« Last Edit: 05/12/2016 10:51 AM by Jester »

Offline Antilope7724

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Re: MOL discussion
« Reply #407 on: 05/12/2016 02:31 AM »
Does anybody remember seeing any mention of the "D ONKEY" payload in the MOL documents? D ONKEY was a comint payload that was started as part of MOL, but then removed from MOL and flown on an Agena signals intelligence satellite instead. I have some material on it, but I'm trying to remember if any of the 800-plus MOL documents refer to D ONKEY. Any tips?



A Google search brought up this PDF document that mentions DONKEY AND DORIAN  on the same page of an intelligence report, but in this document, they appear to be separate projects.

http://www.nro.gov/foia/declass/aftrack/51.pdf

Here is a PDF document that mentions DONKEY and MOL.

http://www.nro.gov/foia/declass/aftrack/49.pdf

Mention of DONKEY and MOL on PDF page 18 (document page 136):

http://www.nro.gov/foia/declass/aftrack/56.pdf
« Last Edit: 05/12/2016 10:51 AM by Jester »

Online Blackstar

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Re: MOL discussion
« Reply #408 on: 05/12/2016 03:52 AM »
Thanks. I've got those. They are from the AFTRACK collection. I'm wondering if there is something in the MOL document collection that I've missed.

DONKEY is a bit confusing based upon those sources. The history indicates that it started as a MOL program and was then spun off. But document 49 above implies that it may have been parallel or augmenting the MOL sigint program. I think it was the former, and that the document is simply badly worded.

Note that DONKEY had a 6-foot parabolic dish and the SQUARE TWENTY comint payload had a 10-foot parabolic dish.
« Last Edit: 05/12/2016 10:52 AM by Jester »

Offline Ronpur50

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Re: MOL discussion
« Reply #409 on: 07/22/2016 10:02 PM »
Mike Jenne, author of the Blue Gemini novels took a trip to Huntsville and photographed the adapter for the Gemini-B mockup.  It is sitting in the grass with a bunch of weeds growing inside of it.  He is hoping to organize a restoration, and perhaps it can be reunited with it's capsule mockup in Dayton. 

http://mikejennebooks.com/gemini_b_pics.htm

Online Blackstar

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Re: MOL discussion
« Reply #410 on: 08/23/2016 09:09 PM »
http://www.thespacereview.com/article/3049/1

Through the looking glass
by Dwayne Day
Monday, August 22, 2016

The Manned Orbiting Laboratory (MOL) was expensive, especially for a military space program that was already expanding rapidly in the 1960s while the Vietnam War was ramping up. Although nowhere near as pricey as Apollo, MOL was still a substantial expenditure, involving the procurement of a major optical system, human spaceflight systems—including Gemini spacecraft—and new large rockets to boost MOL into orbit. By the time it was canceled in summer 1969, MOL’s price tag had doubled to more than $3 billion, and its schedule had repeatedly slipped.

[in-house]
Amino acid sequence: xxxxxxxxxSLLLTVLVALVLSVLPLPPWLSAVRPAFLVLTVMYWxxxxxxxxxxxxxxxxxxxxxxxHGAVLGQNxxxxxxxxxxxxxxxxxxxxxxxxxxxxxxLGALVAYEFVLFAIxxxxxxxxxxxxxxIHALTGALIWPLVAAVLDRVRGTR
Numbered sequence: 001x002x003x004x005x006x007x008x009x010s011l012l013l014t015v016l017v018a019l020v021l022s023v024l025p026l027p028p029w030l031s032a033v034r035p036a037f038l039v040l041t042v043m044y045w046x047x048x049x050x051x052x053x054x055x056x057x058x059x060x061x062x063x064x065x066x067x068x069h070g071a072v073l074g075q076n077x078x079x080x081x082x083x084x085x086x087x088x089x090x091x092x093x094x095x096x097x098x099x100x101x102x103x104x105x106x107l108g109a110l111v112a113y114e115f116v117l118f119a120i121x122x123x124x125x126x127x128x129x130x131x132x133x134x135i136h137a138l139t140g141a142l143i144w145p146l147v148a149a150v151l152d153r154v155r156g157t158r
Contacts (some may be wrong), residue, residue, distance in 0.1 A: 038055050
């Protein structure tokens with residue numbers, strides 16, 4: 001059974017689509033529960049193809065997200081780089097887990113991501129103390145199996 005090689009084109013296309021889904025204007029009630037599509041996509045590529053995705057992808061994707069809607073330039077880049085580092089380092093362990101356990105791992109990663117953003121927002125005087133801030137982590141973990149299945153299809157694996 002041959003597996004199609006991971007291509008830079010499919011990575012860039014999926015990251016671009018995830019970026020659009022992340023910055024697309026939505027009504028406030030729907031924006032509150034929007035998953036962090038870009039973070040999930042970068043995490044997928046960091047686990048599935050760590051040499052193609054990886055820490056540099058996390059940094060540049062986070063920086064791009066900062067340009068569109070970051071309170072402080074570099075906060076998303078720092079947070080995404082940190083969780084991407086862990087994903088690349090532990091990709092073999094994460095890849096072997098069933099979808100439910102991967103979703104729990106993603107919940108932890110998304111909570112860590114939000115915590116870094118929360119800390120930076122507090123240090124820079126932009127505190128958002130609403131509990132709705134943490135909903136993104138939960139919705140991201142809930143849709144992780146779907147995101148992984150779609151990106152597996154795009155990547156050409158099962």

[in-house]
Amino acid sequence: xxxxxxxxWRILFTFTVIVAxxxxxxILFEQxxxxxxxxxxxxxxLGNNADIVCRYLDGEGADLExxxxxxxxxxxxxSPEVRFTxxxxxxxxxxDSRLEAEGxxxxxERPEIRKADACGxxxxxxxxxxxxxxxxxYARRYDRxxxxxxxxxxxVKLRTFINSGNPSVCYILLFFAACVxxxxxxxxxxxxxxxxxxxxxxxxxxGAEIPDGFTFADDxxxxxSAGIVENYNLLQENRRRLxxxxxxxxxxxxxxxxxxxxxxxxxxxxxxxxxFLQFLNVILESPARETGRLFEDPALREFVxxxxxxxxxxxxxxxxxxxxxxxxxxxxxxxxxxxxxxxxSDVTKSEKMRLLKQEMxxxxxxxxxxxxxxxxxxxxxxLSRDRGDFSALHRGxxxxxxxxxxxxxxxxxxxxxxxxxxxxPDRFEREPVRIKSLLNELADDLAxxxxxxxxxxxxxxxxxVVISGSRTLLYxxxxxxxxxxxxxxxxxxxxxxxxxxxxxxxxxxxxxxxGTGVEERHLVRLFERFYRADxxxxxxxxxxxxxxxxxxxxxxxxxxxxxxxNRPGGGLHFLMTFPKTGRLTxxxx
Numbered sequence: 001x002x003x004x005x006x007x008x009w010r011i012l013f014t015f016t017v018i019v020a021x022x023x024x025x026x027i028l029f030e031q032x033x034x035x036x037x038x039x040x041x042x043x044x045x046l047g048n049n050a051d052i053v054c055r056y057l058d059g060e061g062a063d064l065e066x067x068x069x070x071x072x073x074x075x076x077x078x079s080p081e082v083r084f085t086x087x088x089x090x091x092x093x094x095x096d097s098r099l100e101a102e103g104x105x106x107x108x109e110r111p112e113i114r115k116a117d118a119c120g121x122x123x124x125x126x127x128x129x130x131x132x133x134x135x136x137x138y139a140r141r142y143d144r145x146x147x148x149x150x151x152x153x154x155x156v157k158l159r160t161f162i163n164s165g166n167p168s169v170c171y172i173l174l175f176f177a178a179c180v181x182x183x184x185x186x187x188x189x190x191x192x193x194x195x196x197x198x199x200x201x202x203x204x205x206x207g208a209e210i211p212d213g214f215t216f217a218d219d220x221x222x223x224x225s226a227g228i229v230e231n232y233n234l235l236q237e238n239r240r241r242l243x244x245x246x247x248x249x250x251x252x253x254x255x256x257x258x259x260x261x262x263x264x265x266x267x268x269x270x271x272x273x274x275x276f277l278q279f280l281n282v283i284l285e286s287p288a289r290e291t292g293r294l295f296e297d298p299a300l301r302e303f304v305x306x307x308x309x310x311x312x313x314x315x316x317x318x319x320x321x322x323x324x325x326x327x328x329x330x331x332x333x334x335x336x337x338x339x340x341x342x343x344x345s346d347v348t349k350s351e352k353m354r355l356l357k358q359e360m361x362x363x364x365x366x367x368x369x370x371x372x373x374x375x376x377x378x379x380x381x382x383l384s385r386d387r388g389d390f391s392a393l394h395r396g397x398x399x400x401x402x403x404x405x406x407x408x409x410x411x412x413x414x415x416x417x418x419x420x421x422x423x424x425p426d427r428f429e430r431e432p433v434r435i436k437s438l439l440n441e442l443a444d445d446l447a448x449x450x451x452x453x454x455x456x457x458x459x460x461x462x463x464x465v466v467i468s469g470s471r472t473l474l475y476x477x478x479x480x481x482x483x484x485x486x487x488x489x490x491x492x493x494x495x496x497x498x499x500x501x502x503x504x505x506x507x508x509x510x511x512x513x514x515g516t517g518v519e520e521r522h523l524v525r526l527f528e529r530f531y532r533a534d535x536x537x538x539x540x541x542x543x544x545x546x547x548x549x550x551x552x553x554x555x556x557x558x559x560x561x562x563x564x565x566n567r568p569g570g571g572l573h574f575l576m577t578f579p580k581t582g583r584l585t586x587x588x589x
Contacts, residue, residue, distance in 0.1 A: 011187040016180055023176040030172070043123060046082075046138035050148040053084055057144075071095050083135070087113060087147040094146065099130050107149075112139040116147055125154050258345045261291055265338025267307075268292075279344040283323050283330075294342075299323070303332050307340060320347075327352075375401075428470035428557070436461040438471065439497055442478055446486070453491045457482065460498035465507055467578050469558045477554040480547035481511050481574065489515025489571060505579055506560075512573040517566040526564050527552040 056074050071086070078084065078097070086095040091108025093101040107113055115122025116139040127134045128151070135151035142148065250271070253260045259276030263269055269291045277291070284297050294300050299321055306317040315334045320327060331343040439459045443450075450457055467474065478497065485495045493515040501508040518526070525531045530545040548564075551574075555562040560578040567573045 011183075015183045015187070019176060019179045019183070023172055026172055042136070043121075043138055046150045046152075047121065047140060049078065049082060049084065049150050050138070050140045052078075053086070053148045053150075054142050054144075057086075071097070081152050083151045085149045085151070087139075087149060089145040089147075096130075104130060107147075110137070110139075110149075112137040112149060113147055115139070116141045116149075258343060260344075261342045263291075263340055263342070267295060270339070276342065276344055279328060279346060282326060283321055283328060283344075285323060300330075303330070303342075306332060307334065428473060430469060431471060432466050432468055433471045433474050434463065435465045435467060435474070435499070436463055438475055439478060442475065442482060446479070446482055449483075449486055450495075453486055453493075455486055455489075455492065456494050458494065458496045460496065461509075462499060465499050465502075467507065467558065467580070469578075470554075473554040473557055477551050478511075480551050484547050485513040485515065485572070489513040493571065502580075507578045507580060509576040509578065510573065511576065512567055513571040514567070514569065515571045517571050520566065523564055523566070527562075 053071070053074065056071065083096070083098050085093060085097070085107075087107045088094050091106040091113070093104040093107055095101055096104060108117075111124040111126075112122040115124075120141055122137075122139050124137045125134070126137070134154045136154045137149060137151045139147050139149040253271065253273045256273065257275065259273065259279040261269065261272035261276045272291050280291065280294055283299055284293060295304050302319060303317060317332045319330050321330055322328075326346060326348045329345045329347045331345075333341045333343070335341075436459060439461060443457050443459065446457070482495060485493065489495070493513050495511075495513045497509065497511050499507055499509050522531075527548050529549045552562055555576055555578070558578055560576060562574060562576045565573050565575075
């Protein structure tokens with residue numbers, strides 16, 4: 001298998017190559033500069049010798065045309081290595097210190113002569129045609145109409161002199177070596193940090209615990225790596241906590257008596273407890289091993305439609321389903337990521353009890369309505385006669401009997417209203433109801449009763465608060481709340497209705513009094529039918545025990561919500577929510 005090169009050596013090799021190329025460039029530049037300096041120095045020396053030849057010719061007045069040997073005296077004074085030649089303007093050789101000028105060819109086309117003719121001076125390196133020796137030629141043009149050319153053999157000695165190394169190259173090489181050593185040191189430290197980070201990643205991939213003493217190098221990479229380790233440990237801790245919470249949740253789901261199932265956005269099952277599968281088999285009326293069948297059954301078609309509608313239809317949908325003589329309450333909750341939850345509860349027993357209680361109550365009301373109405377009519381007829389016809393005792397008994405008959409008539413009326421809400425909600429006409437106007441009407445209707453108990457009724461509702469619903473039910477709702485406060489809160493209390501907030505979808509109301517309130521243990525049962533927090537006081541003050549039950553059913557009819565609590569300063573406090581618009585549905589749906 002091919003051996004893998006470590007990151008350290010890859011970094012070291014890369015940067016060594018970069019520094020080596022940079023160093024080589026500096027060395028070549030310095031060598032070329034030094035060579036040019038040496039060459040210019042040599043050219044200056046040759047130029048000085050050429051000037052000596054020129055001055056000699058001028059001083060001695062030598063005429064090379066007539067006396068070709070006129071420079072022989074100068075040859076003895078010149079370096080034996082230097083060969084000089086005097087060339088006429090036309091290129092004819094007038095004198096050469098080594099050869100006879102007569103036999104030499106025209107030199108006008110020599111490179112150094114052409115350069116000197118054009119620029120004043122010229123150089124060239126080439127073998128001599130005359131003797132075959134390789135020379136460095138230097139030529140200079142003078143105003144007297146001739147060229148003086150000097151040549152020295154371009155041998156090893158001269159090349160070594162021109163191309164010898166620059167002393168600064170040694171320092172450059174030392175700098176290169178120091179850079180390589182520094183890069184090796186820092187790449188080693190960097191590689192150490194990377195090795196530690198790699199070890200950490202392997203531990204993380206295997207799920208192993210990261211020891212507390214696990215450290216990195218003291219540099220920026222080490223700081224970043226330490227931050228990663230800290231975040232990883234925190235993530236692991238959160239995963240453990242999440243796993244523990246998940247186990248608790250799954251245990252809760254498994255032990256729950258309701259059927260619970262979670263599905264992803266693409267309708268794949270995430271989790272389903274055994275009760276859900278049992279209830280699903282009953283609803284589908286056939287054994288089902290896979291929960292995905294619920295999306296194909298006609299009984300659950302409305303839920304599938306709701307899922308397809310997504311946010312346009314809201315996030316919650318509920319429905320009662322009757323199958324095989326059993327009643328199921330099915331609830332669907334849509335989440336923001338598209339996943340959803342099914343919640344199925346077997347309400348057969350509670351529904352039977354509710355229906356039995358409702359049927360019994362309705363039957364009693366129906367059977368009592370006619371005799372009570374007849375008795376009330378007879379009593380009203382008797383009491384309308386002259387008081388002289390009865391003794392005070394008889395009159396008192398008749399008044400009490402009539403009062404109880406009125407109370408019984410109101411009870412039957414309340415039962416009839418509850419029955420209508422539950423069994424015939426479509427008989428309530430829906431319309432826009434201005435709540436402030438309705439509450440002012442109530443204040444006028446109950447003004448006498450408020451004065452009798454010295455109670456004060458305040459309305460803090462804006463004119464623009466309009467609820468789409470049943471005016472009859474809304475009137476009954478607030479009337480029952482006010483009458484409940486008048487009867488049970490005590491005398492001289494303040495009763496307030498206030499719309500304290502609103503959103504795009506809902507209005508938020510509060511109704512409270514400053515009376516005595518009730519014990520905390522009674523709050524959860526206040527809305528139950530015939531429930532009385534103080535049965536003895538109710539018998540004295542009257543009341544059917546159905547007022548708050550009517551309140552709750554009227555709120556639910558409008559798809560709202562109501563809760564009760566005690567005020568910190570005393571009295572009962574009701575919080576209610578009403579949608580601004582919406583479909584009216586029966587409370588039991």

When it was canceled, program officials sought out potential customers of the MOL hardware that had already been built. MOL officials within the secret National Reconnaissance Office that was responsible for it made inquiries to NASA offering their hardware and large optics technology, trying to make lemonade out of the lemons of the cancellation decision. Among the most expensive and unique pieces of MOL hardware were more than half a dozen large mirrors that were a key component in MOL’s large KH-10 DORIAN camera system.

Online Blackstar

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Re: MOL discussion
« Reply #411 on: 08/23/2016 09:58 PM »
I should add that a little bird gave me the idea to write that article. I wrote an article about MOL and the MMT back in 2009:

http://www.thespacereview.com/article/1371/1

That was long before the October 2015 MOL declassification. When the NRO declassified a bunch of MOL documents, among them were a bunch about what to do with MOL hardware. There was also a document about Project COLT, which was the proposal to use the MOL mirrors in a ground-based telescope. I saw those documents at the time and thought they were interesting, but somebody reminded me of them and so I decided to write an article.

The connection between reconnaissance programs and astronomy is worth further attention.

Online Archibald

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Re: MOL discussion
« Reply #412 on: 08/24/2016 11:20 AM »
The key person that connected MOL to MMT was Aden Meinel. I wonder how he handled all that highly classified secrecy surrounding the NRO, an agency which was known to exist since the 70's but was only revealed by the U.S government in 1992.

It would be interesting to known what legal punishment would have happened to someone revealing the NRO existence and details to the outside world (I don't mean a Soviet spy, rather a poor shmo telling too much to his family or friends by mistake)